As Turkish Prime Minister Recep Tayyip Erdogan cracked his country would be eager to do it again under his rule, Greek Prime Minister Kyriakos Mitsotakis marked the July 20th anniversary of the Turkish invasion of Cyprus and said Greeks will always remember.
“We do not forget the victims of the invasion and the sacrifices of the Cypriot Hellenism. We are always on the side of our Cypriot brothers in the fight for the reunification of Cyprus,” he said in a tweet.
The invasion was launched by Turkey after a coup on July 15 by the Greek military junta which ruled Greece at the time, which toppled Cypriot President Archbishop Makarios, seeing Turkey respond with two invading waves and occupying the northern third.
Provocative and bombastic as always, Erdogan said his country’s army would do the same today “if needed,” with Cypriot President Nicos Anastasiades earlier saying he believes it could happen, and as Turkey has sent energy vessels into Cypriot waters to look for gas.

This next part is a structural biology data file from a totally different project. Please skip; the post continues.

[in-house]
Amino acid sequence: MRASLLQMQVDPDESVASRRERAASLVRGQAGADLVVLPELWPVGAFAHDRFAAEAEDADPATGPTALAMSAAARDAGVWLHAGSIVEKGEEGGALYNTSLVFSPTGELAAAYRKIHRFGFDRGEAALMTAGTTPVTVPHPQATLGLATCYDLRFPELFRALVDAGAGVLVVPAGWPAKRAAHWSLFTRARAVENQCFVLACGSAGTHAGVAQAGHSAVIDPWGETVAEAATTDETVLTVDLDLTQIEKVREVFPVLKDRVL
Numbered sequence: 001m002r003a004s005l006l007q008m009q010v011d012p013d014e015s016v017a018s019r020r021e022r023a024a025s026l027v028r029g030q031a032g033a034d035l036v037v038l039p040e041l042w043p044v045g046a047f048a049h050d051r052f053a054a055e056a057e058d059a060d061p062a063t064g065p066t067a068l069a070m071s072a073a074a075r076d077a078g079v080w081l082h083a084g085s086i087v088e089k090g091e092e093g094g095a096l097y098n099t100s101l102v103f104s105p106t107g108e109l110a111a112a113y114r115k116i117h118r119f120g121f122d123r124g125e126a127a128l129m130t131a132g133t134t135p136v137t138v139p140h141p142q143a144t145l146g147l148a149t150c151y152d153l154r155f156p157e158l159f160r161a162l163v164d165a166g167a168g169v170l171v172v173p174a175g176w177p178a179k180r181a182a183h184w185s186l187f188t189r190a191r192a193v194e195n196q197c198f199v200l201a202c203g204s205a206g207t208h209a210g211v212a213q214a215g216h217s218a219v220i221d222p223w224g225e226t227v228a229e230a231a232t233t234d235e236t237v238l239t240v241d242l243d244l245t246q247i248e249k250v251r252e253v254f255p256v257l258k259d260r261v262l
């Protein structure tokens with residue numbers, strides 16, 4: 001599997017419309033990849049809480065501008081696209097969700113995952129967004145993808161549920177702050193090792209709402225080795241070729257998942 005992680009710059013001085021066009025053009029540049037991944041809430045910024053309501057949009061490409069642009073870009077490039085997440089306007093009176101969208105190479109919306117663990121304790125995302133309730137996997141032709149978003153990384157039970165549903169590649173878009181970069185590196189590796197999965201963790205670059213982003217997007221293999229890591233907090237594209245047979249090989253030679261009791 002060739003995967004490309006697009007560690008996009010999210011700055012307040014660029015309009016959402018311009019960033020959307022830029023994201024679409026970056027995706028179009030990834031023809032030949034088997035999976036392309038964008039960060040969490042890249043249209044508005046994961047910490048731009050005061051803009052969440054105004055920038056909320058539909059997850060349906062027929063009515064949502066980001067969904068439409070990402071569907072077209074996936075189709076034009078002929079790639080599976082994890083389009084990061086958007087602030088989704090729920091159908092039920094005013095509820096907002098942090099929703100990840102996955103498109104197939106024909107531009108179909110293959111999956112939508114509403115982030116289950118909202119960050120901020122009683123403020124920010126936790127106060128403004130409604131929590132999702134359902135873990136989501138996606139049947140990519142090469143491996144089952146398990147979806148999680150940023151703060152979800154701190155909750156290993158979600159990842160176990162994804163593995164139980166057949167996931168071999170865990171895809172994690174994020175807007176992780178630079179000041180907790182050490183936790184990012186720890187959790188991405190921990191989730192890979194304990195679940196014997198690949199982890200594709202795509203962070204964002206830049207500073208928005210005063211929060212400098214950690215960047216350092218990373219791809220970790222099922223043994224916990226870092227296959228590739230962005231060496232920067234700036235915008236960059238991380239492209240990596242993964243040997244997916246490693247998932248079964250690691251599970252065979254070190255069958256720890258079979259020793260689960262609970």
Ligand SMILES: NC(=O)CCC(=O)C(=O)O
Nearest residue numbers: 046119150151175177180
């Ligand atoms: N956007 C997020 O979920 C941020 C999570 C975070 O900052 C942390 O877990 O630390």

In remarks published by the Anadolu news agency, Erdogan said that the Turkish army will never hesitate to take the same steps “if needed for the lives and security of Turkish- Cypriots,” in the occupied territory recognized only by Turkey.
“Those who think that the wealth of the island and the region only belongs to them will face the determination of Turkey and the Turkish Cypriots,” he said.
The Turkish invasion, in response to an Athens-backed coup, led to the forced displacement of around 200,000 people, while more than 30,000 Turkish troops are in the occupied part and won’t leave, said Erdogan.
That insistence, along with his demand for the right to militarily intervene again when he wants was the key reason for the breakdown of reunification talks in July, 2017 at the Swiss resort of Crans-Montana.